Keeping vehicles clean and presentable is an important part of a transit agency’s image. There are many vehicle wash systems on the market with a variety of different features or methods, making it difficult to determine which is best. METRO spoke to a few vehicle wash companies about what to look for when choosing the best system for your transit agency.
Brushes vs. High pressure
When it comes to getting a bus clean, all of the companies agree that brushes are more effective than using only high-pressure water. Jack Jackson, president of Awash Systems, says that a popular misconception about vehicle wash systems is that brushes can damage and scratch vehicles.
“The dirt that collects on the brushes actually does the scratching, no brush would actually scratch unless it gets embedded with dirt,” he says. “If you use proper amount of soap and proper cleaning methods, your brushes will always stay clean and you never have to worry about scratches. If you use a touchless car wash, you always get that film left over.”
However, most brushes aren’t equipped to deal with bike racks and other attachments that block the brushes. NS Wash has been manufacturing vehicle wash systems since 1961. The company’s newest model is designed specially to deal with bike racks by using a combination of brushes and high-pressure water.
“The bike rack on the front always created a problem to be washed because the brushes cannot really get in there,” Marketing Manager Ivan Salazar says. “We just introduced a new system that tracks the front of the vehicle. The system sprays the front of the bus with high pressure and, as the vehicle moves through the tunnel, will continue to spray the front until it is completely clean.”
Ross and White Co. has been manufacturing large, drive-thru bus wash systems since the 1940s. President Jeff Ross says that most agencies are looking for hybrid machines that combine high-pressure water with brushes.
“Brushes are still the most cost-effective way to get that done and also the least amount of water,” he says. “When you have high-pressure you burn a lot of water, you burn a lot of chemical and you still don’t really get the vehicle as clean as brushes do. That’s why hybrid machinery that combines both brushes and high pressure, really, in my opinion, is the way to go.”
Fleet size matters
When choosing a vehicle wash system, the companies say that fleet size is a big consideration as well. While mobile wash units are convenient and save money, they may not be the best option for an agency with hundreds of vehicles to wash every night.
Christian Murillo, office manager for Bitimec, says that many agencies, especially on the West Coast, continue to rely on hand-washing and may not realize the affordable options for smaller fleets. A number of companies, including Bitimec, offer machines targeted at washing small fleets.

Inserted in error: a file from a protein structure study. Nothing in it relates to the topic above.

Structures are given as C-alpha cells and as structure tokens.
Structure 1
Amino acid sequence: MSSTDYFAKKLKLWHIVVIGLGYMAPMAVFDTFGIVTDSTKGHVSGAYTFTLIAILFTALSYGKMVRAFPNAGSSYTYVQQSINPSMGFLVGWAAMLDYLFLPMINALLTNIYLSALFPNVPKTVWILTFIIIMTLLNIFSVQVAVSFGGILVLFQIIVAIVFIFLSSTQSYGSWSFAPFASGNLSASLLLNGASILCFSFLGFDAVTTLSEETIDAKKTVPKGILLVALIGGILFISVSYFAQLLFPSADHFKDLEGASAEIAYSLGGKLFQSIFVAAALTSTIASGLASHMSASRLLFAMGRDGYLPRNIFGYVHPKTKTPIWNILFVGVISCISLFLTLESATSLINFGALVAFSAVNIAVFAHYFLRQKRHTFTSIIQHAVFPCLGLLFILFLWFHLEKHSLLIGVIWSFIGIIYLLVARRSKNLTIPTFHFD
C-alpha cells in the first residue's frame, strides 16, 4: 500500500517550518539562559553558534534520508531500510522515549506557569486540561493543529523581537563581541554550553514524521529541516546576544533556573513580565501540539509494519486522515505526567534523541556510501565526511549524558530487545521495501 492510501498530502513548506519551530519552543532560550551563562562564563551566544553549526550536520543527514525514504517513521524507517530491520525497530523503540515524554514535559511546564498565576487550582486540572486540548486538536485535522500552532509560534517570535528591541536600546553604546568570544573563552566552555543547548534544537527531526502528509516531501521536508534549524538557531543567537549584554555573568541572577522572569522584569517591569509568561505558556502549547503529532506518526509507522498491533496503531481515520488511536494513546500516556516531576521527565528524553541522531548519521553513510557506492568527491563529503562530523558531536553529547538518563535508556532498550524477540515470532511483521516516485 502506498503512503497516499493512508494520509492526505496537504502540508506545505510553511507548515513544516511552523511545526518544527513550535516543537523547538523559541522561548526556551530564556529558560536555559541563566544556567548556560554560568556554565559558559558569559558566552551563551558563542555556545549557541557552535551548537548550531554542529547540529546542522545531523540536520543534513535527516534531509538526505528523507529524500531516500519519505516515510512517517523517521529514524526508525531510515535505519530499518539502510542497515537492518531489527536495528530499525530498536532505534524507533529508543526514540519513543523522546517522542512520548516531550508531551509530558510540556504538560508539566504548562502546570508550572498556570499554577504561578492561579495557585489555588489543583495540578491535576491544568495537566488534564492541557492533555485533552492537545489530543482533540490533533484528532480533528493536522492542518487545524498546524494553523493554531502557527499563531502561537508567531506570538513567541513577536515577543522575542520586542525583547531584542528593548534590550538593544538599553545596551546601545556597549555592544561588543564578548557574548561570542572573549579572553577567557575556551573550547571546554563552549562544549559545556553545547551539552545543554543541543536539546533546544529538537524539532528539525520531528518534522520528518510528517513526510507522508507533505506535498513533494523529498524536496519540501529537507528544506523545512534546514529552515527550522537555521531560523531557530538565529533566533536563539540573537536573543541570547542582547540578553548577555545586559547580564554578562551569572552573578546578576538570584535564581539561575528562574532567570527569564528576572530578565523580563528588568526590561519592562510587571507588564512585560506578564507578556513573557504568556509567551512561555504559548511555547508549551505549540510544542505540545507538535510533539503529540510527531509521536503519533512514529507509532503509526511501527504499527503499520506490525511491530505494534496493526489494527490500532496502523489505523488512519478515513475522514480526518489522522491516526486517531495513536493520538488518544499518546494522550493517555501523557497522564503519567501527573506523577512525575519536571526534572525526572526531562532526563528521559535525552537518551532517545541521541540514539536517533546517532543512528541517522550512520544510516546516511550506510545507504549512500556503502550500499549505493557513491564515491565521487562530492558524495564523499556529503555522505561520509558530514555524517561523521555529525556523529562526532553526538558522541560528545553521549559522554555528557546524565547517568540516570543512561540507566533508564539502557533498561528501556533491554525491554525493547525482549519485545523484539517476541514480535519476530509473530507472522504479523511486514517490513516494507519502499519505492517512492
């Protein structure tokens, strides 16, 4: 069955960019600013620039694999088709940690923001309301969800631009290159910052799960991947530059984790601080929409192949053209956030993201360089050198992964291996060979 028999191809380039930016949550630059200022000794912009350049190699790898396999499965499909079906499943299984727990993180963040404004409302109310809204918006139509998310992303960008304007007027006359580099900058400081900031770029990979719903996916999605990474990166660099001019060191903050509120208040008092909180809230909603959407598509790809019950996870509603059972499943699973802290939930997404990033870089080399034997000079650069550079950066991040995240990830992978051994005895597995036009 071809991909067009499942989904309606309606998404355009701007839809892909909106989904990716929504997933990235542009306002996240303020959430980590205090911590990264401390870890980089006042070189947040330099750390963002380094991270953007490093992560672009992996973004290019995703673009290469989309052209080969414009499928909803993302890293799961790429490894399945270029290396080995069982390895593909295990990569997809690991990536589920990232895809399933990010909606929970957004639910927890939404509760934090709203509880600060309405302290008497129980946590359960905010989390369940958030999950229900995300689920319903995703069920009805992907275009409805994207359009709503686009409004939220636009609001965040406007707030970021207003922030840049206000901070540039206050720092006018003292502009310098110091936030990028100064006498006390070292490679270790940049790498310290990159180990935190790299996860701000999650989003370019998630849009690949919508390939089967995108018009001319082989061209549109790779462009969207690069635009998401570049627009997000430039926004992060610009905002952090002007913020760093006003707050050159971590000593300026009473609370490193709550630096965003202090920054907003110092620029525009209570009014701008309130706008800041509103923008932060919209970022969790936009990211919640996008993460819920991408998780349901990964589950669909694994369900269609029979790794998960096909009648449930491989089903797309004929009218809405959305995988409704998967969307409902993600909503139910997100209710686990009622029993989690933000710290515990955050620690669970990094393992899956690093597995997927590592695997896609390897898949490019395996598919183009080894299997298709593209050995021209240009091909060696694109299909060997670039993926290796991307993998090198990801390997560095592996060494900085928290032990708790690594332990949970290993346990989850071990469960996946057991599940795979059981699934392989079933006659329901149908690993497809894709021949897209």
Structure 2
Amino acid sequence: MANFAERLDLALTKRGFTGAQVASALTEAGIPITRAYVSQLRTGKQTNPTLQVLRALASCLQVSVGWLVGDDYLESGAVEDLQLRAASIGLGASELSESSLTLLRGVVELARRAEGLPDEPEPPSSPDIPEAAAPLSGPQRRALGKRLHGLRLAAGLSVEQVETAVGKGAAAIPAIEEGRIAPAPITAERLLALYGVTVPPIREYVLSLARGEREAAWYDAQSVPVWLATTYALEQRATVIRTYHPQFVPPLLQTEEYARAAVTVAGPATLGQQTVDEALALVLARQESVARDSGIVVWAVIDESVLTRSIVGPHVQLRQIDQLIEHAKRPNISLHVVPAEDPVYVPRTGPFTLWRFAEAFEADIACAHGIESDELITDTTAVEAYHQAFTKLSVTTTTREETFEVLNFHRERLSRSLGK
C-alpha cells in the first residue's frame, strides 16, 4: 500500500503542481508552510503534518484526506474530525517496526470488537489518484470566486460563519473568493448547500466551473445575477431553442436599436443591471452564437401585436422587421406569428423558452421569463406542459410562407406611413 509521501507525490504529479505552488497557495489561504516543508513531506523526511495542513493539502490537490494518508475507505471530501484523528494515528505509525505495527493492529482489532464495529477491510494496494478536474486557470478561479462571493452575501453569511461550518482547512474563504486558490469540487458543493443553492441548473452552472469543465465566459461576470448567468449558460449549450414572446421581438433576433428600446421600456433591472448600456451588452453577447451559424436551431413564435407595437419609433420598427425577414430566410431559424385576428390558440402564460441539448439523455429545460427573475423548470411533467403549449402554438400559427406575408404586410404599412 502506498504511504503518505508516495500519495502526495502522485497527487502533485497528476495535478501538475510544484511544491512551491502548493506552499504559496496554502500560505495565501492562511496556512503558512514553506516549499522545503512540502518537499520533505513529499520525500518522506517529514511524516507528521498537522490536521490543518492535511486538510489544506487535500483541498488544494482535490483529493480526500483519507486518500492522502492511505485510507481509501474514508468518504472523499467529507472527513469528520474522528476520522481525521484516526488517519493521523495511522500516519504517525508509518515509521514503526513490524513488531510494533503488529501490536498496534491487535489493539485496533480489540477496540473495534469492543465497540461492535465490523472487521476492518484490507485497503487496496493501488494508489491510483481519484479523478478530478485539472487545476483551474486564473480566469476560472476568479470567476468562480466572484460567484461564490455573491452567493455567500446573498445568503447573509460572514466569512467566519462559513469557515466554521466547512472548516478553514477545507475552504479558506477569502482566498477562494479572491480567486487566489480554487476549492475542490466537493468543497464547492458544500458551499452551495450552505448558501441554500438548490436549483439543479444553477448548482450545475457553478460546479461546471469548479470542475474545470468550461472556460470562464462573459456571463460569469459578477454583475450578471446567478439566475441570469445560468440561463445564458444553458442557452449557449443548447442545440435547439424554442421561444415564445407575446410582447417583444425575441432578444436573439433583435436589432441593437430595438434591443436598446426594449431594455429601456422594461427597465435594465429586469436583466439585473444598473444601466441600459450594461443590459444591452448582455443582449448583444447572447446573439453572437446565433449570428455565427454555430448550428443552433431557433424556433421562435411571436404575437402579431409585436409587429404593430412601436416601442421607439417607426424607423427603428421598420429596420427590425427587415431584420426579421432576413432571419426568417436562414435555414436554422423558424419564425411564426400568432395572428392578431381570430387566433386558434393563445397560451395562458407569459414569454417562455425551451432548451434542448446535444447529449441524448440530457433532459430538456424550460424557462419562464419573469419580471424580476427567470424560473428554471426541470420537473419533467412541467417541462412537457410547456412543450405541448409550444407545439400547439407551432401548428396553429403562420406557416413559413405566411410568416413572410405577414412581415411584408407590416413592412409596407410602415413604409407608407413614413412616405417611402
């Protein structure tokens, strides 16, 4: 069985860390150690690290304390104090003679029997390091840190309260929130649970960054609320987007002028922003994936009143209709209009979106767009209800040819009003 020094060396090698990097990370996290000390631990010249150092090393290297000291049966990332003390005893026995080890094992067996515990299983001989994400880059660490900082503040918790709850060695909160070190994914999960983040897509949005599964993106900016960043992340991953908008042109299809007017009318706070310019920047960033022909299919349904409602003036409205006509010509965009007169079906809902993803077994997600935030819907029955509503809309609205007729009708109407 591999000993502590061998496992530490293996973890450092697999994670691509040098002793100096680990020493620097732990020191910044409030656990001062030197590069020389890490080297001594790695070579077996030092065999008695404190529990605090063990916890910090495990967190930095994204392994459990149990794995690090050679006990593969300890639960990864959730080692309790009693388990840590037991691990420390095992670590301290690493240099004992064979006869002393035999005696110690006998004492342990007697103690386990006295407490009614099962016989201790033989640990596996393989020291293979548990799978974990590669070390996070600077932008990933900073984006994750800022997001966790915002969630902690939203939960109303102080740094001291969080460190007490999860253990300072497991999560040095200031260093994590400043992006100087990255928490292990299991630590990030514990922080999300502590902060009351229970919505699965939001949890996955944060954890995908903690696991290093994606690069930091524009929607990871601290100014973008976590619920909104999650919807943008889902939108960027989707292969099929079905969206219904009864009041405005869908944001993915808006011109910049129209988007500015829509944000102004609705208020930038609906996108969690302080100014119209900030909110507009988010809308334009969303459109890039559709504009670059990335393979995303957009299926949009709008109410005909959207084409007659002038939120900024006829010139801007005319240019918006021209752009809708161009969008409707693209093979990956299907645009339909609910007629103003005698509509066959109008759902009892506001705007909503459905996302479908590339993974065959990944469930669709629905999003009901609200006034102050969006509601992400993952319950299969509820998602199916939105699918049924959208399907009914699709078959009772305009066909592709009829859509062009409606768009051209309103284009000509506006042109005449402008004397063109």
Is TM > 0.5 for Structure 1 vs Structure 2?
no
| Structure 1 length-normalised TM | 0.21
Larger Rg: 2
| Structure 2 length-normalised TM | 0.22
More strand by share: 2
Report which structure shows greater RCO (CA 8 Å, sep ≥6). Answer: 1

“Of course, for the bigger fleets they’re going to need something more automated,” Murillo says.
Awash Systems manufactures mobile-washing systems that are pulled around the vehicle. Jackson says that some agencies are tempted by higher-priced automated systems, thinking it will work best, but all fleets should consider how much they’re spending per vehicle when choosing the right system.
“Some are buying a million dollar bus wash thinking it’s the most efficient because they can drive the bus through like an automatic car wash,” Jackson says. “Even if it looks like a great machine, if you’re only washing 10 buses a night, do you really need to spend a million dollars?”
Ross adds that agencies should look past their current numbers and think about the future of their fleet, especially when purchasing something with such long-term use.
Easy to Use and Maintain
Salazar says that agencies should take a practical approach and think about which wash system will be the easiest to operate once the system is installed.
“Sometimes the systems can get so complicated with cylinders and electronic controls, they miss the fact that it’s just a bus wash system; it’s not a rocket,” he says. “Look at the system that specifies how much chemical, water and power are required, as well as ease of operation and maintenance.”
NS Wash has spent the past few years updating their machines to conserve water, time and energy. Salazar says that the company’s machines use half the power that they did a decade ago. Bitimec has also made efforts to keep their machines user-friendly.
All of the companies that we spoke to have service technicians available around the country, but Salazar adds that agencies should look for systems that are simple enough to fix without waiting for a technician.
“All the machines work beautifully when they’re first installed, but [agencies] have to make a point that it should be easy to maintain by their own technicians,” he says. “Most transit agencies have mechanics and they are more than capable to service most of our machines. When an issue arises, they can take care of it right away instead of waiting for a technician to show up and save the day.”
Originally posted on Metro Magazine